I used to be an EAGLE fan but KiCAD just rocks the socks. I recommend it to anyone. it's got a few quirks and oddities, like the discrete step of component-to-footprint association which isn't always very smart or automatic, or the component/footprint librarians which are a bit rough, but otherwise it does the job well, it's free, its libraries are decent, and it doesn't have any annoying artificial size/component limitations (not sure if you can use more than 16 layers, never tried). you can set up a separate autorouter if you really want to. bonus: fapping vigorously to 3D rendering of your board
>>
>mix up vdd and gnd on usb connector and fry my pic
i do shit like this all the time yet somehow never learn

>>1335754
the actual work behind designing a pcb is very simple if you're not doing switchers or high frequencies. learning to use clunky leviathans like altium for the first time will make you want to blow your brains out though. i put some of the blame for the above greentext on having to define a usb port schematic symbol and then create a pcb library file which references the numerical designators on that symbol rather than the pin names.
>>
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does anybody know what this material is? i would say nichrome but its all black and unsmooth.

trying to repair this samovar without having to buy another element.
>>
>>1335869
Nichrome does turn dark like that, but it might be Kanthal, which is preferable for high-temperature uses.
>>
>>1335879
ohhhh, both these are chrome alloys. internet says i need silver solder, but i think ~450F might be too low a melting point for a heating element. am i just being retarded?
>>
>>1335886
I'd crimp their ends together with high-temperature trim connectors instead of soldering, that's probably how they're affixed at either end anyways. That or a ceramic terminal block.
>>
>>1328818
And lo, he reached out his hand touching the thread and it withered and died.
>>
>>1335767
Is there a straight-3d PCB design application? Seems like it'd be an interesting testcase for VR or just a "3d modeler" application, just with a whole lot of autocad-like behavior and then you could throw an algorithm at it and see if it makes good traces then export to an etcher/cutter/whatever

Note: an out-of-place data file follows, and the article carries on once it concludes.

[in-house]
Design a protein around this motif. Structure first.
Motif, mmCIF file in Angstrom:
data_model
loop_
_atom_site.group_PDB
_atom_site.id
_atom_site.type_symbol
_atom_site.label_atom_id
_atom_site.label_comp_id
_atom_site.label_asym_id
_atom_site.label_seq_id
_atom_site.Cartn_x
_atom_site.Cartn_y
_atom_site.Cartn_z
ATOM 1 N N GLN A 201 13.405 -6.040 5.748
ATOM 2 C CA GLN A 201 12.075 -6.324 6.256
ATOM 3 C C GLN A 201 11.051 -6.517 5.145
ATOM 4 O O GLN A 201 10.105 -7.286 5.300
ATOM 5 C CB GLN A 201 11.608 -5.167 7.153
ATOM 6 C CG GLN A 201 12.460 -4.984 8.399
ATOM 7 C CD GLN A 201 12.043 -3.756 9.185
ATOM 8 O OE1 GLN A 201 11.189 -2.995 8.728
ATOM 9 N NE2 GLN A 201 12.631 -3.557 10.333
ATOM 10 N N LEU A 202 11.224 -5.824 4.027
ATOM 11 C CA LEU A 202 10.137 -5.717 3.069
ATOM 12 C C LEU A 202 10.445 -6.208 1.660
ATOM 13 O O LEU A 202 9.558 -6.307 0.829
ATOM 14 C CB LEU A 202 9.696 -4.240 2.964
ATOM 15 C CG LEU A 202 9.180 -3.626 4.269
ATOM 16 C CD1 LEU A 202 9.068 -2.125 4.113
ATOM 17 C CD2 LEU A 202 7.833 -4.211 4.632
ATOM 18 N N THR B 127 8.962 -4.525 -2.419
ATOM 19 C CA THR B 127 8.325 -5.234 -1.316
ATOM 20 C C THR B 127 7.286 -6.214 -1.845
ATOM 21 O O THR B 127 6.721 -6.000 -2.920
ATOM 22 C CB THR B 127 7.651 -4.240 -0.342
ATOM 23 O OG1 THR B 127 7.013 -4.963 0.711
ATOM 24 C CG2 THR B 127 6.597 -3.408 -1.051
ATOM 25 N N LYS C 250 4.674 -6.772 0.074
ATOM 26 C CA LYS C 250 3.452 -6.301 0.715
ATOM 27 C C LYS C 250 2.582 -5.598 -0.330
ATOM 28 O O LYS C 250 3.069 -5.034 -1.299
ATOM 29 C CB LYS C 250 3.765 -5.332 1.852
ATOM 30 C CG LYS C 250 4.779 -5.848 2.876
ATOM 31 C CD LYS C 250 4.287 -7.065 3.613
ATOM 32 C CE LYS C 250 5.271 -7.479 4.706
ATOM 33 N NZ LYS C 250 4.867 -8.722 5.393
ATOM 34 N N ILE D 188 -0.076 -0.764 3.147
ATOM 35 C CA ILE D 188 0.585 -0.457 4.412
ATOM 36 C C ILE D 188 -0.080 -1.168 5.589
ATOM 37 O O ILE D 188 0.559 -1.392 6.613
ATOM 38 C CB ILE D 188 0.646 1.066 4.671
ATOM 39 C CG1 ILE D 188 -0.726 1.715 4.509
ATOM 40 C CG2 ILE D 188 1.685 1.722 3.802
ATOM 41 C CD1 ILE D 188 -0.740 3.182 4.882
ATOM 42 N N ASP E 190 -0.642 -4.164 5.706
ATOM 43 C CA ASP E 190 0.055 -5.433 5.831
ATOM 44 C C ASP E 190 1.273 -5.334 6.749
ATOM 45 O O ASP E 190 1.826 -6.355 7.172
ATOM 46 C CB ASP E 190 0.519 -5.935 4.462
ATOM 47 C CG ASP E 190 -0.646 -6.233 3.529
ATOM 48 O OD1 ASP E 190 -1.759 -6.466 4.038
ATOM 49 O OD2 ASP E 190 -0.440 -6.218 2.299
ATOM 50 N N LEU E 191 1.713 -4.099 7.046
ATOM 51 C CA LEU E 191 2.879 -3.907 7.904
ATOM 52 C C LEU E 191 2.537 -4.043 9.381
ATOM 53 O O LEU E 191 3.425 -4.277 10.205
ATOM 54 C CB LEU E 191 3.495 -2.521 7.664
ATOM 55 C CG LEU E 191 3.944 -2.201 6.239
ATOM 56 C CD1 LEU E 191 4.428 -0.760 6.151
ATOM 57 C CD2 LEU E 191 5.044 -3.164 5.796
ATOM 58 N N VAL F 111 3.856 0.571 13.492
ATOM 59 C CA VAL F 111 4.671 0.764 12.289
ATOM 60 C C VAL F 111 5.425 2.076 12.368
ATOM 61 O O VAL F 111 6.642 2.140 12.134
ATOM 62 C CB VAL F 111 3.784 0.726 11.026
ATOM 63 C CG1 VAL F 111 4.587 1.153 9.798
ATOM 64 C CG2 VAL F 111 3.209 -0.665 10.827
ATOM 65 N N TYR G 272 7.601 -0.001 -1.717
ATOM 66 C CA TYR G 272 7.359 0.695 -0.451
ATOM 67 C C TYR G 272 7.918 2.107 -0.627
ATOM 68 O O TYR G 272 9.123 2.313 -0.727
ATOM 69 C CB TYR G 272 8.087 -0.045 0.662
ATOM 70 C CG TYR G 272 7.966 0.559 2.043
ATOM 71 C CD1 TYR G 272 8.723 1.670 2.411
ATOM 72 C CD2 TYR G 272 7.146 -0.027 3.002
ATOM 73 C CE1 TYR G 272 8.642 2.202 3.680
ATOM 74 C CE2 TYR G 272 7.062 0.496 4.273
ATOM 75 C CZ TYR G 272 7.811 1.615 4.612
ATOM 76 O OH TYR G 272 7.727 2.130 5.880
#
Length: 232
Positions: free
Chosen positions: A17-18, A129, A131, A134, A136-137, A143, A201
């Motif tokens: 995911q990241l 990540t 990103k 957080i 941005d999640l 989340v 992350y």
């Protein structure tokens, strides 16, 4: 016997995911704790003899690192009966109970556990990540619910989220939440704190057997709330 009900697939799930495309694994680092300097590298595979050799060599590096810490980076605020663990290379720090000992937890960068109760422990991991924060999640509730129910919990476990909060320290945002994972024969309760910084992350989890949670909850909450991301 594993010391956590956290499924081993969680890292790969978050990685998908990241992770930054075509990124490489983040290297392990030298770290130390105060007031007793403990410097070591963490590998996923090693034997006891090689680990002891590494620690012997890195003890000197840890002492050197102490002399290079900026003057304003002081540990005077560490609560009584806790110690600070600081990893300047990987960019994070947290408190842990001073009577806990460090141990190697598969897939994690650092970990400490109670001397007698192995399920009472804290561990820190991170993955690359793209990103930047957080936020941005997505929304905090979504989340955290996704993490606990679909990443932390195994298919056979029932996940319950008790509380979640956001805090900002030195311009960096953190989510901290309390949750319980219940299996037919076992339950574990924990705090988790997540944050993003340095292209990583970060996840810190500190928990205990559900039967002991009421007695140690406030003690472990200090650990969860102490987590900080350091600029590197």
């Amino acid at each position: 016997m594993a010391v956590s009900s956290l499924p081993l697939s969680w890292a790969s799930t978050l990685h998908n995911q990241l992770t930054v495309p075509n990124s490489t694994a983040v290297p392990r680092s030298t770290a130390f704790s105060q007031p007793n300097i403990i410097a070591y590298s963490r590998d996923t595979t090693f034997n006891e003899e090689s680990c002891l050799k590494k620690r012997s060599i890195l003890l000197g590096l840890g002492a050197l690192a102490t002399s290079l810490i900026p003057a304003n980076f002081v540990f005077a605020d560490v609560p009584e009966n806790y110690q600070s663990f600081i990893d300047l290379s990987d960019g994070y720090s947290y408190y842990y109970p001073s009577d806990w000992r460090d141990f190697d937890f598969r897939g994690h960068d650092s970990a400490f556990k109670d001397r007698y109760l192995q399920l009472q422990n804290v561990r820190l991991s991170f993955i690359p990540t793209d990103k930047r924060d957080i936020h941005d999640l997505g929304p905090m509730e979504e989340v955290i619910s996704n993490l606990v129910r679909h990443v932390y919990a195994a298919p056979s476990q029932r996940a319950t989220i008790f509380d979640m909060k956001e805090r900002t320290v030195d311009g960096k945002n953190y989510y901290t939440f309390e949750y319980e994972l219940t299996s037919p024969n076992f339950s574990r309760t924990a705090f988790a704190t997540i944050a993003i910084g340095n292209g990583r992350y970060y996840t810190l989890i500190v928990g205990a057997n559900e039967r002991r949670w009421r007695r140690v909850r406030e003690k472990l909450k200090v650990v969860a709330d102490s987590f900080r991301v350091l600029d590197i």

>>
>>1335904
are you complaining about slowness on /diy/? the board where a crab meat thread lingered on it for like 6 months?
>>
>>1335916
Well I use sketchup, but I don't think it's what you're looking for.
>>
>>1335711
No need, my grandma dropped off a load of unwanted adapters so I'm just getting rid of the crap ones.
>>
>>1335886
Stuff with 450F melting point would be some silver containing tin alloy, while "silver solder" would refer to some brazing alloy. They have much higher melting points.
I'd do what >>1335890 suggested, though.
>>
>>1336064
why not just put little bends in each one and then hook them over each other?
>>
>>1336083
They probably get too soft at high temperatures for that to work well.
>>
>>1335916
no, anon, this is engineering, not >>>/v/
if you want to """"""innovate"""""", >>>/g/
if you want to route boards, study some layouts on the net and maybe actually route a few boards to get a frame of reference
>>
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Building my own rover bot. Pretty set on using a 3S LiPo, and a bunch of different motors and controllers which all take different voltages (RPi 5V, Arduino 6-12V, a couple of steppers tbd, and two 12V BDC motors). Also some sensors and cameras. The arduino will be reading sensors and driving motors, the raspberry pi will be doing machine vision and telling the arduino where to go.

What would be the best way to go about powering everything? Was thinking about connecting the motors (drivers) and pump directly to the battery's Vcc, maybe the steppers too if I find some that take ~12V and are still small enough (they don't need to be very powerful).
Then have a buck converter with 5V 2.5A output to power the pi and connect the arduino to the pi via USB. I would use the GPIO pins to send signals to the motor drivers or receive data from the sensors, and connect the sensors' Vin either to the arduino pins or the 5V line if they draw >40mA.
Lastly I would use the on-board wifi on the RPi to reprogram both it and the arduino, if needed.

Questions:
>Does all this make sense?
>Should I make my own power distribution board? I have no idea how to go from the battery's xt60 connector to something that can power the raspberry pi (except for soldering cables to each other like some sort of savage).
>Is it a good idea to have the motors and controllers on separate lines (electrical noise)? Should I solder caps on the motors or does it depend on the motor/driver and such?
>What about the ground, do I just connect all the grounds together, or have different ground pins for each voltage level?
>Also, can I just use the battery's charge balance cable to monitor its voltage and tell the robot to shut down when it gets too low?
>What about trying to disconnect the circuit in case of short circuit/overcurrent, is it even worthwhile? These batteries can easily output well over 100A